• Okay. I’m using it now and I’ve discovered it is most safe to log out of Last Pass after logging in to the needed websites. That way any unauthorized person attempting to use the computer can’t access anything else other than what’s already open.

      Of course other security comes into play such as locking the computer when moving away from it.

  6. Thanks for another great article, Leo, although I have read it a few times before. The “Best of” is still the best of! Thanks for turning me on to LastPass a couple of years ago, it has come in extremely handy, and the only real problem is taking the time to go through the LP Vault every once in a while and clean out the old stuff I do not need or use anymore!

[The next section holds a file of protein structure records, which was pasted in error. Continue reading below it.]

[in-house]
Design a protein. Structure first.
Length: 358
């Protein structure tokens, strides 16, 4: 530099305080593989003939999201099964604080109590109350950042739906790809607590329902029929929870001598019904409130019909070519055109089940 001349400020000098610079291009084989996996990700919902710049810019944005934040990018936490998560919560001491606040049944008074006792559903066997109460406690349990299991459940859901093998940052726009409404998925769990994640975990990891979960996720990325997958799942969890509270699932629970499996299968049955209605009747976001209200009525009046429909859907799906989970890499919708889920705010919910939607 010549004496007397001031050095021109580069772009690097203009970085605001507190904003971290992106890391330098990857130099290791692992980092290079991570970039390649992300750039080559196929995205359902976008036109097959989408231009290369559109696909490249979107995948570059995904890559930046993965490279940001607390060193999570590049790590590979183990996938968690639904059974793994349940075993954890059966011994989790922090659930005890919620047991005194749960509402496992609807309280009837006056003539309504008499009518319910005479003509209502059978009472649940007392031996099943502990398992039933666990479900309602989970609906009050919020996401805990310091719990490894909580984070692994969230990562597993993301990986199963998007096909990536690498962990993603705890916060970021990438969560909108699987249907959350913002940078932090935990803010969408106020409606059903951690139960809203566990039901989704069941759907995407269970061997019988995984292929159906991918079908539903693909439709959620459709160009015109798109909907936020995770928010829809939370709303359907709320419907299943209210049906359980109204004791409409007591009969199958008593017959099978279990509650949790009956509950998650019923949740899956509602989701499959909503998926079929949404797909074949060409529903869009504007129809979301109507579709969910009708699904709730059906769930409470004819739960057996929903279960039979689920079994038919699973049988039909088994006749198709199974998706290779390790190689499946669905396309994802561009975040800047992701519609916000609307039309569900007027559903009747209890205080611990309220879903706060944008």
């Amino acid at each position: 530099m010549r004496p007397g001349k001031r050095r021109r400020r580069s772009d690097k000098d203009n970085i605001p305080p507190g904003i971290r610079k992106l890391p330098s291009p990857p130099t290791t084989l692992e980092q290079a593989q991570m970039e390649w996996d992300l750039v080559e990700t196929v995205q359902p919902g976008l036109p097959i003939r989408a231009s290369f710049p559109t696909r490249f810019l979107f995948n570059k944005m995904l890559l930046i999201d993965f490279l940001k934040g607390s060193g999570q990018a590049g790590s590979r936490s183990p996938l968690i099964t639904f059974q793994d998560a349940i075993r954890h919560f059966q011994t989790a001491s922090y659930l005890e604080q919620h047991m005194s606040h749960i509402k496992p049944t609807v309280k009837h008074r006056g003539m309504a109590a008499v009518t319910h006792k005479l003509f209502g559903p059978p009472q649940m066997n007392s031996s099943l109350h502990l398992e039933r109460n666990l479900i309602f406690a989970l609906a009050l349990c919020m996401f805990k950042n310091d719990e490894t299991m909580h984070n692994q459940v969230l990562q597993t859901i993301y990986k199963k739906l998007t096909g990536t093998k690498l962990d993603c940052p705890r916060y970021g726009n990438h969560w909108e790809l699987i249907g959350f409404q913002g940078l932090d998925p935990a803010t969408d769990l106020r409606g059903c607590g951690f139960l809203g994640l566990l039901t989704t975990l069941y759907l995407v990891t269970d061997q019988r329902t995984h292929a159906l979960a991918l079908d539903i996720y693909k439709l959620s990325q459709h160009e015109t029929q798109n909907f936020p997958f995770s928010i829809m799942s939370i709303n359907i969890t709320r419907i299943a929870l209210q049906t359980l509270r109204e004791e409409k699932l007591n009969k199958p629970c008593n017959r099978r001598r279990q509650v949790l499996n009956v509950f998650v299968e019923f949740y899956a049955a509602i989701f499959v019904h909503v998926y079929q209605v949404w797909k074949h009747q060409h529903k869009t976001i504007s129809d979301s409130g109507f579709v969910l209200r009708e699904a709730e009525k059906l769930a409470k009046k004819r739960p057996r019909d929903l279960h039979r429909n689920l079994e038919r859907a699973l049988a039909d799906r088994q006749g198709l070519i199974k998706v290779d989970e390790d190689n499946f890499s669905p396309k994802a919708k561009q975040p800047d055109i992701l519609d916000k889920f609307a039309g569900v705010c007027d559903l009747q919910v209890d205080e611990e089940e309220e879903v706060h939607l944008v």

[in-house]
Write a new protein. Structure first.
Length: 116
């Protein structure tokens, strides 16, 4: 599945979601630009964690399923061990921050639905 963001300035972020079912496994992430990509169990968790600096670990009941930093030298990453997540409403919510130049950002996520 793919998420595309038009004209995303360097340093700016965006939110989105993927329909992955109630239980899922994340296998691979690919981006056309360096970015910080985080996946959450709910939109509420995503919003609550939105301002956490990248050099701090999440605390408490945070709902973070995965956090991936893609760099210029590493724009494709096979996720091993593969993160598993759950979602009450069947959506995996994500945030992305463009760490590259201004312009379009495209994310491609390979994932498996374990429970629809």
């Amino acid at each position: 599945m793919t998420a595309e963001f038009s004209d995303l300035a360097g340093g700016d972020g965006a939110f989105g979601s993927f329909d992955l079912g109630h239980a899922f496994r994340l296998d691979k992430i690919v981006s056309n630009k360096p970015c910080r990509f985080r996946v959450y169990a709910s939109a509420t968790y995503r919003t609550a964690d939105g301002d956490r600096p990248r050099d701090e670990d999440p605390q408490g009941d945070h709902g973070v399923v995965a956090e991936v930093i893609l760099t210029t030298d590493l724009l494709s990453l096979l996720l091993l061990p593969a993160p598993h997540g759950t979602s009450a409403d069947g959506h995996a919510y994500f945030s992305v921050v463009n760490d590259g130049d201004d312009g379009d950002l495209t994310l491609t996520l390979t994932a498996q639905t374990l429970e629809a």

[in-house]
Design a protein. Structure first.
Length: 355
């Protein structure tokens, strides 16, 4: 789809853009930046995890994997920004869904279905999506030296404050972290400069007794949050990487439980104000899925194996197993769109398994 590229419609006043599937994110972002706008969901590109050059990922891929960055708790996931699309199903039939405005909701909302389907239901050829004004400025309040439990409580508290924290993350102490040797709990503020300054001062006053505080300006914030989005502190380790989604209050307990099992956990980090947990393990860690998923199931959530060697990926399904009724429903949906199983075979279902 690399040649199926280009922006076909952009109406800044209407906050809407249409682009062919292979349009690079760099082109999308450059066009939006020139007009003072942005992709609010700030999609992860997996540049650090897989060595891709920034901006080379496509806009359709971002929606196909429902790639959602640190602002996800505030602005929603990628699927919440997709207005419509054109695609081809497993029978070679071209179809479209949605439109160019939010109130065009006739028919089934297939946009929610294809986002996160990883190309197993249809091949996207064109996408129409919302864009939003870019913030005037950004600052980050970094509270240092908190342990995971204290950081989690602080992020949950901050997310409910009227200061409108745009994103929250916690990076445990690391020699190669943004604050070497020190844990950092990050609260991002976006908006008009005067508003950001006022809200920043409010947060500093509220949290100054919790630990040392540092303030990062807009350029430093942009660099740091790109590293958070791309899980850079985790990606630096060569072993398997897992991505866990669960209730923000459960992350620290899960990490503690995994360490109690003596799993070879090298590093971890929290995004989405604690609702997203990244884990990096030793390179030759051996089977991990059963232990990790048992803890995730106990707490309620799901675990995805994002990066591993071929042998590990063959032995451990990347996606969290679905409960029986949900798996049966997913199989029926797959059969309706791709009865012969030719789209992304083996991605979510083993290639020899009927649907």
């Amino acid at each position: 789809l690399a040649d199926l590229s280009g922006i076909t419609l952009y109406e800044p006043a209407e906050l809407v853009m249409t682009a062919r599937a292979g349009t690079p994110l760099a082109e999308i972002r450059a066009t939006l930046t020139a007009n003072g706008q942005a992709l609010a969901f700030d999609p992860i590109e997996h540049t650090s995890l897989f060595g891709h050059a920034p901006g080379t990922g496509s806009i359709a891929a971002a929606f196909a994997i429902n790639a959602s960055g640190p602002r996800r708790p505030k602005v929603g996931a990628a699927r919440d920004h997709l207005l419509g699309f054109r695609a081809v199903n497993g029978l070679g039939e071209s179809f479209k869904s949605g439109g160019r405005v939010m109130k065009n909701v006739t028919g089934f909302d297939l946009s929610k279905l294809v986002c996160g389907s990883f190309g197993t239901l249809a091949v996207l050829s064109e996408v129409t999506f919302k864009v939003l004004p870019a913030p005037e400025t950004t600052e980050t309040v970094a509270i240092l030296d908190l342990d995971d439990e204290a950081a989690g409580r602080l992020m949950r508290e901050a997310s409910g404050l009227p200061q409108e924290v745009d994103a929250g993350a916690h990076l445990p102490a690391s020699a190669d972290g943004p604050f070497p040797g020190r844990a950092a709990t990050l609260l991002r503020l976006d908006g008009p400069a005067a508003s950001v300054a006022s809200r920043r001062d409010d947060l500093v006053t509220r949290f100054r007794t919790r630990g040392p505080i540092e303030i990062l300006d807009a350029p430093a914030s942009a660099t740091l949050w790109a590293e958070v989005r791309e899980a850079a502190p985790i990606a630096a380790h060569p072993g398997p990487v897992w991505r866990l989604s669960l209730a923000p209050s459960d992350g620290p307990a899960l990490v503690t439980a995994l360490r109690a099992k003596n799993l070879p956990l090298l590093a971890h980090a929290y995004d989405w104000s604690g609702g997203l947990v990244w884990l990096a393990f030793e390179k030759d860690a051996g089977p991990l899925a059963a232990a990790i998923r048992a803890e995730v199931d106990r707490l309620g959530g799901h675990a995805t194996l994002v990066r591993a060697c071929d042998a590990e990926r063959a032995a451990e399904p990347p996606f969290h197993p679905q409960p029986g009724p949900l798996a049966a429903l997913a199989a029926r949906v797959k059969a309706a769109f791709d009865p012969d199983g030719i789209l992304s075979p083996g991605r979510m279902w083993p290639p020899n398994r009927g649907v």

7. I have the best solution (as far as I am concerned). I use a different password for everything and so I do not have to remember them, but I use an address book. I write down each place I have a password and do it in pencil so I can still change them when needed. I do this because I JUST DON’T trust the programs that will do it automatically.
    Also, written down in case a hard drive fails etc.
    One other good byproduct is that In my will, if anything happens, it’s divulged to my family where the passwords are so they can do what’s needed.

  8. On the same day this article pops up in my email, so does an email from the Canadian Post Office for their ePost service. They’re investigating a report that some customer information may have been compromised but they haven’t found any breach of their systems. They believe that the root of these reports is customers using the same login credentials that they used on other sites. Canada Post is forcing everyone to reset their password and choose a strong password that is different than any other password.